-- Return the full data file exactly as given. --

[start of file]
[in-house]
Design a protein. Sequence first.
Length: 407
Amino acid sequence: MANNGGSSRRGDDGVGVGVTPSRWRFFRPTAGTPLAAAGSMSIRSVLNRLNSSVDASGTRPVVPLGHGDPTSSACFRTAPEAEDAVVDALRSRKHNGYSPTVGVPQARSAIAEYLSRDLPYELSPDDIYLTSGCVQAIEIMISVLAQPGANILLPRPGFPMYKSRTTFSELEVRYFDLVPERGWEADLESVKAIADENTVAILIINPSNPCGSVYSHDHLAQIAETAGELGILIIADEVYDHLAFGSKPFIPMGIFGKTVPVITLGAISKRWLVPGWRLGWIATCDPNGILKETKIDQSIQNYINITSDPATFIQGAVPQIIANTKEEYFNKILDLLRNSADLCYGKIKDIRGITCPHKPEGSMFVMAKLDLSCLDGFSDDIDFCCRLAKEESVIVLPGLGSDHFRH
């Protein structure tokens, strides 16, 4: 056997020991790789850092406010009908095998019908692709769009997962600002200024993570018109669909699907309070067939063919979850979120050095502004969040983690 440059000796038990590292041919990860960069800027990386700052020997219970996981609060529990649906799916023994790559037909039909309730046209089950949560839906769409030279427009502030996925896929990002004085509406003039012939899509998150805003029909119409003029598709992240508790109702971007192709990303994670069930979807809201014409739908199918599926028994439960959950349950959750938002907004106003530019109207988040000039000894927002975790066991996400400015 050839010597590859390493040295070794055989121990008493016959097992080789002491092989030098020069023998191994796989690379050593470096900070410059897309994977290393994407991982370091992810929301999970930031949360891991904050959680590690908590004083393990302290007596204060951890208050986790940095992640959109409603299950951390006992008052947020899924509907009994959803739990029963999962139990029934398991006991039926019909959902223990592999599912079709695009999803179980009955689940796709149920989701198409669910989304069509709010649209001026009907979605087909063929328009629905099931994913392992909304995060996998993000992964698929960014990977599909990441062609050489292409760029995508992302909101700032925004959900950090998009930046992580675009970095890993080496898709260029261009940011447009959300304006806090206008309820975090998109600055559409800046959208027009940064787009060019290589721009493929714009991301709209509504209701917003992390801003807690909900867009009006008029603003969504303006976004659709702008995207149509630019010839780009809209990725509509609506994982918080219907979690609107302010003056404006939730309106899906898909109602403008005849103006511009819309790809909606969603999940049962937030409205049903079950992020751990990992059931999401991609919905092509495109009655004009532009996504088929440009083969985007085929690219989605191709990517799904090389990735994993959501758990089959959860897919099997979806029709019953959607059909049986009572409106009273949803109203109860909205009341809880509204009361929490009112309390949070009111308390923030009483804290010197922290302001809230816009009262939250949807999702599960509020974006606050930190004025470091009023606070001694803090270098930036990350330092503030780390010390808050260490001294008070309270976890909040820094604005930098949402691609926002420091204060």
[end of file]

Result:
[in-house]
Design a protein. Sequence first.
Length: 407
Amino acid sequence: MANNGGSSRRGDDGVGVGVTPSRWRFFRPTAGTPLAAAGSMSIRSVLNRLNSSVDASGTRPVVPLGHGDPTSSACFRTAPEAEDAVVDALRSRKHNGYSPTVGVPQARSAIAEYLSRDLPYELSPDDIYLTSGCVQAIEIMISVLAQPGANILLPRPGFPMYKSRTTFSELEVRYFDLVPERGWEADLESVKAIADENTVAILIINPSNPCGSVYSHDHLAQIAETAGELGILIIADEVYDHLAFGSKPFIPMGIFGKTVPVITLGAISKRWLVPGWRLGWIATCDPNGILKETKIDQSIQNYINITSDPATFIQGAVPQIIANTKEEYFNKILDLLRNSADLCYGKIKDIRGITCPHKPEGSMFVMAKLDLSCLDGFSDDIDFCCRLAKEESVIVLPGLGSDHFRH
């Protein structure tokens, strides 16, 4: 056997020991790789850092406010009908095998019908692709769009997962600002200024993570018109669909699907309070067939063919979850979120050095502004969040983690 440059000796038990590292041919990860960069800027990386700052020997219970996981609060529990649906799916023994790559037909039909309730046209089950949560839906769409030279427009502030996925896929990002004085509406003039012939899509998150805003029909119409003029598709992240508790109702971007192709990303994670069930979807809201014409739908199918599926028994439960959950349950959750938002907004106003530019109207988040000039000894927002975790066991996400400015 050839010597590859390493040295070794055989121990008493016959097992080789002491092989030098020069023998191994796989690379050593470096900070410059897309994977290393994407991982370091992810929301999970930031949360891991904050959680590690908590004083393990302290007596204060951890208050986790940095992640959109409603299950951390006992008052947020899924509907009994959803739990029963999962139990029934398991006991039926019909959902223990592999599912079709695009999803179980009955689940796709149920989701198409669910989304069509709010649209001026009907979605087909063929328009629905099931994913392992909304995060996998993000992964698929960014990977599909990441062609050489292409760029995508992302909101700032925004959900950090998009930046992580675009970095890993080496898709260029261009940011447009959300304006806090206008309820975090998109600055559409800046959208027009940064787009060019290589721009493929714009991301709209509504209701917003992390801003807690909900867009009006008029603003969504303006976004659709702008995207149509630019010839780009809209990725509509609506994982918080219907979690609107302010003056404006939730309106899906898909109602403008005849103006511009819309790809909606969603999940049962937030409205049903079950992020751990990992059931999401991609919905092509495109009655004009532009996504088929440009083969985007085929690219989605191709990517799904090389990735994993959501758990089959959860897919099997979806029709019953959607059909049986009572409106009273949803109203109860909205009341809880509204009361929490009112309390949070009111308390923030009483804290010197922290302001809230816009009262939250949807999702599960509020974006606050930190004025470091009023606070001694803090270098930036990350330092503030780390010390808050260490001294008070309270976890909040820094604005930098949402691609926002420091204060």